It seems there aren't many complicated tasks that can't be boiled down to pushing a button or reading a pie chart, these days. Automatic transmissions make shifting gears effortless. Point and shoot cameras eliminate the need for interchangeable lenses and aperture adjustments. And, in the web metric analysis world, Google Analytics makes evaluating site traffic easier and more intuitive than it's ever been. But what about those of us that want full manual control? What about those of us who know what we're doing and don't want to be constrained by ease-of-use features? Where do we turn when we want maximum performance, not just a pretty interface?
This past weekend was the New York Comic Convention, a major event that drew hardcore enthusiasts and casual spectators to celebrate their favorite heroes in the Big Apple. Not far behind this crowd were marketers, plotting ways to engage the unsuspecting crowd. Two of the most interesting and media worthy came from Craftsman Tools and Kia Motors.
To turn a $5,000 investment into a net worth of $1 billion is one thing. To maintain a sense of humor throughout the process is another. A short time before Oprah endorsed the "figure-fixing" hosiery and celebrities subsequently began relying on them for their sultry red-carpet debuts, SPANX was a small start-up run out of an apartment.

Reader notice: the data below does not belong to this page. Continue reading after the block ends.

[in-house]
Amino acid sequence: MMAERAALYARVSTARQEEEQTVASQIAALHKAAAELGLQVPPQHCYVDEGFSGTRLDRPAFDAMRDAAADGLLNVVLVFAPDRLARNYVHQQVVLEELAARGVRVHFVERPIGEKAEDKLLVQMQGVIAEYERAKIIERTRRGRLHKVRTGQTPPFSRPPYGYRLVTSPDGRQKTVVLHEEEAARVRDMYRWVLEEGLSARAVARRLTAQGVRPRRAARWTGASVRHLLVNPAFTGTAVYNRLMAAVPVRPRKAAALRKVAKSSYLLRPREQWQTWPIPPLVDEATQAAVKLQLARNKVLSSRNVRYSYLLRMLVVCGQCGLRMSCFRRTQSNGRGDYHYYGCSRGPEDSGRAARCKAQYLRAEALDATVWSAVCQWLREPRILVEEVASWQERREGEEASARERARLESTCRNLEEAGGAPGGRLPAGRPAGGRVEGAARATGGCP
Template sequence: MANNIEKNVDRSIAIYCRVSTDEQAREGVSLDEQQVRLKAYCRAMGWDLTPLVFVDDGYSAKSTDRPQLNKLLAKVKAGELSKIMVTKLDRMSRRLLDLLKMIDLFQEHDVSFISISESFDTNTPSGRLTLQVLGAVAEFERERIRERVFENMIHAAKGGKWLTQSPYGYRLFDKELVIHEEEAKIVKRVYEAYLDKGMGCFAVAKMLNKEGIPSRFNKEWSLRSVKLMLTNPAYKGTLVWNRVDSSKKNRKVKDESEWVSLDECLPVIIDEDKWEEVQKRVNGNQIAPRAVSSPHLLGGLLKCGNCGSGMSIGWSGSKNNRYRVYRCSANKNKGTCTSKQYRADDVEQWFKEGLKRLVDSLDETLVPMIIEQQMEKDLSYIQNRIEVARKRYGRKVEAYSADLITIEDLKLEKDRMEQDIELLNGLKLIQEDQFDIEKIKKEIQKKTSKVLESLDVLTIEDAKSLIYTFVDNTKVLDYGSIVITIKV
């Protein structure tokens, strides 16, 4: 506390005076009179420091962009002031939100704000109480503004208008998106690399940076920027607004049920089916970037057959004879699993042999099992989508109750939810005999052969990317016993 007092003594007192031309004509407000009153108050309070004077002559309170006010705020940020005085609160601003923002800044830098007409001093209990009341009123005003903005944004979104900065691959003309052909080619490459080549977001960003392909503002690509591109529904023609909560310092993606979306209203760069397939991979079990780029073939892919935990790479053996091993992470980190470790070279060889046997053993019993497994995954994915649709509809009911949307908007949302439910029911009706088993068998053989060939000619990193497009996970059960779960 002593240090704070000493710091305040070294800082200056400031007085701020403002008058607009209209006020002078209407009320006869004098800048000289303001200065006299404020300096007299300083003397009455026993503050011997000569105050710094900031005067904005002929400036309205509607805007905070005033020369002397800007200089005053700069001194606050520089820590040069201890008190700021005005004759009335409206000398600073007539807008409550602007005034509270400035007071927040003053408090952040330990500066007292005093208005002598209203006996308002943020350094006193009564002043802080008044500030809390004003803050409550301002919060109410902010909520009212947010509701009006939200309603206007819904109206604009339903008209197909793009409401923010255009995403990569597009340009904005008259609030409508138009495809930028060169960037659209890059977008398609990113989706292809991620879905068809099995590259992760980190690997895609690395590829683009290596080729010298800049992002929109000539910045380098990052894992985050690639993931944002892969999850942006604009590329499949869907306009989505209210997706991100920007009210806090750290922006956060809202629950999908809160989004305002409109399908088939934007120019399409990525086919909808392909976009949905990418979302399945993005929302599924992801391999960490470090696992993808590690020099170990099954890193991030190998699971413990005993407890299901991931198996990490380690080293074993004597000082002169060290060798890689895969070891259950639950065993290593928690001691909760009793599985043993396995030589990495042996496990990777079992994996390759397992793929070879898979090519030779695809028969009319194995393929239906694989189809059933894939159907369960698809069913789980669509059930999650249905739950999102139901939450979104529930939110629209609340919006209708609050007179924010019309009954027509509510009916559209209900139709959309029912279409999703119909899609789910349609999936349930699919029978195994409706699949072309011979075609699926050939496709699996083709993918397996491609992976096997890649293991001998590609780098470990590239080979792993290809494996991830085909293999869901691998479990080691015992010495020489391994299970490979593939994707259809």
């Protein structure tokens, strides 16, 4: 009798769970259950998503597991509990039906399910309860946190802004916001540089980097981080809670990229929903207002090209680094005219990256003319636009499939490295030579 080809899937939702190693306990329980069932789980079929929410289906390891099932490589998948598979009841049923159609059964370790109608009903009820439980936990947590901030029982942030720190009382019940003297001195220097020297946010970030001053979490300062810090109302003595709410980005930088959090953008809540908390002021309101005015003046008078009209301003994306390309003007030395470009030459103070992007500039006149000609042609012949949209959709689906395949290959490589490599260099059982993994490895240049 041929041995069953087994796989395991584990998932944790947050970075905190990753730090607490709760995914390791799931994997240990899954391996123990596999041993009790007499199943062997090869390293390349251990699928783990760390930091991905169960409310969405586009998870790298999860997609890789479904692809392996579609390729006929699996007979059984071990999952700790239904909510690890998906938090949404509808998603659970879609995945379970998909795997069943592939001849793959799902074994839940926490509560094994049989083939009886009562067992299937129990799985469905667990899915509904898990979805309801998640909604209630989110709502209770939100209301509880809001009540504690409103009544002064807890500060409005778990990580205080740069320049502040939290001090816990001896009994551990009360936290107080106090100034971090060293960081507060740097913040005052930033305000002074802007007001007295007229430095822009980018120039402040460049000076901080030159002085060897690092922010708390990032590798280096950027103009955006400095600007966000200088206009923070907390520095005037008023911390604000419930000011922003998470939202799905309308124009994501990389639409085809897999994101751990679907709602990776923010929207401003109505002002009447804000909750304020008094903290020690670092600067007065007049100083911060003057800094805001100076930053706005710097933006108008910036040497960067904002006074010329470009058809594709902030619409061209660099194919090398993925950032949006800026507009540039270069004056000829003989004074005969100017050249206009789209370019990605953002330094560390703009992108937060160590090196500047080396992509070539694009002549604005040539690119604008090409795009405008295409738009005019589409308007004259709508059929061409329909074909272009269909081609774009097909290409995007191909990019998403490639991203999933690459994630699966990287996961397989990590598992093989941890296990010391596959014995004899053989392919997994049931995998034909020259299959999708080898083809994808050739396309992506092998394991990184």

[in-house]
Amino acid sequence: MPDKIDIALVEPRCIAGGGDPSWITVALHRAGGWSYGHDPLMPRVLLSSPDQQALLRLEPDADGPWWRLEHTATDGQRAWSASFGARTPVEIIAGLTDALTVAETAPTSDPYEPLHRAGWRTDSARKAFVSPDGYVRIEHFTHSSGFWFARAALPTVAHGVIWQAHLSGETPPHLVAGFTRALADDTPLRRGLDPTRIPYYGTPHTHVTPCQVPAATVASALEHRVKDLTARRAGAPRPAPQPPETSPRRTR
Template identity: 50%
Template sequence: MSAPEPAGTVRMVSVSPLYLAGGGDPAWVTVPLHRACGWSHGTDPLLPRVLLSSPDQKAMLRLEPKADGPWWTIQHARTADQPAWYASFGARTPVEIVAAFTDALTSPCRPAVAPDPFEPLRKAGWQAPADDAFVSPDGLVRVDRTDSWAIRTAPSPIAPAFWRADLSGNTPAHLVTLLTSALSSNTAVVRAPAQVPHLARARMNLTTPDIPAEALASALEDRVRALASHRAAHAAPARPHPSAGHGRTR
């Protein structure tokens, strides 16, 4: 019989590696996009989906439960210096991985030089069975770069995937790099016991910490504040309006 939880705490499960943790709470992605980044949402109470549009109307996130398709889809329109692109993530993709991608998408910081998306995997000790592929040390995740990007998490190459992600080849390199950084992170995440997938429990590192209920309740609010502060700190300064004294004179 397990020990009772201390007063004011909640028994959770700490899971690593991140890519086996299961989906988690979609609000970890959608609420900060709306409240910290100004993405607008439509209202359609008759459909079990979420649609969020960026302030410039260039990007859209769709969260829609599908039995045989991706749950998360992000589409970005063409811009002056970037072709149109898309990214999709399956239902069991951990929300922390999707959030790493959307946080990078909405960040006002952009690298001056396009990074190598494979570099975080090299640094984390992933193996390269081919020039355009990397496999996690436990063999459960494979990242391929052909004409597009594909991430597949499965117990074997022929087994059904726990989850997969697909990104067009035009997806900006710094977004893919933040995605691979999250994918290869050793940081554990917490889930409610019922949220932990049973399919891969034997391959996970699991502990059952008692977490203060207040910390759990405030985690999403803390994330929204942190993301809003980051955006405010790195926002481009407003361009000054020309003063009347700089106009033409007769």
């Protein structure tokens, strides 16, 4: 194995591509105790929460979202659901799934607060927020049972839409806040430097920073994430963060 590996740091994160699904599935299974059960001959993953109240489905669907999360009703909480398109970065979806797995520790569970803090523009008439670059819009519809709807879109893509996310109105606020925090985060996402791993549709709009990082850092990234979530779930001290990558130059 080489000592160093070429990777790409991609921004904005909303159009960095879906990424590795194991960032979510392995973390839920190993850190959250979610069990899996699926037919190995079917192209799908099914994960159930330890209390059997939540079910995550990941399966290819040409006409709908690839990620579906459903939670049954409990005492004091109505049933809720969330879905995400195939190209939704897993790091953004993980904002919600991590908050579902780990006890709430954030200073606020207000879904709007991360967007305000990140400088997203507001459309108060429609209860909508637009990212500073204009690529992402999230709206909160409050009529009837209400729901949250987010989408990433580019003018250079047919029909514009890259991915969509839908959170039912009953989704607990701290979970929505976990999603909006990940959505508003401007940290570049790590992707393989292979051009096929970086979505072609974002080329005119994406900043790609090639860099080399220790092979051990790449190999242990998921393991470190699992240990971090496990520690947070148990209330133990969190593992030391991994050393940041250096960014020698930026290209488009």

Twelve years later and millions of items sold, SPANX is not just an undergarment brand but a household name and staple for women of all ages and sizes. However, making bodycon dresses a wardrobe possibility isn’t the only reason we love this hosiery company with humble beginnings.
There are a multitude of reasons why we love SPANX, but to understand them it’s important to first understand the story of Sara Blakely, the indomitable, incandescent spirit of SPANX and its founder.
We've all seen the headlines.
"Peyton Manning Leaves Waiter $400 "
"David Beckham Drops $1,000 on $100 Check"
"Johnny Depp Doubles Down on $4,000 for Steak Dinner"
They're inspiring stories of 'hard-work meets great generosity' (meets extreme jealousy from everyone reading along). But are they media fodder or are they representative of a greater trend?
It's hard to believe we're ramping up for Q4 of 2012. Under the assumption that the Mayans were wrong, I've already started thinking about 2013 and what might happen in digital marketing next year, specifically paid search.
We all know that paid search is a fast-paced industry, but I think 2013 is set up to be especially frenetic. Even though the world won't be ending, lazy marketers who refuse to evolve aren't going to survive in 2013. It's going to take a lot of hard work to keep up with the big changes coming in PPC, but the payoff is that advertising should improve across the board, for users and marketers alike.
Here's what you can expect in 2013: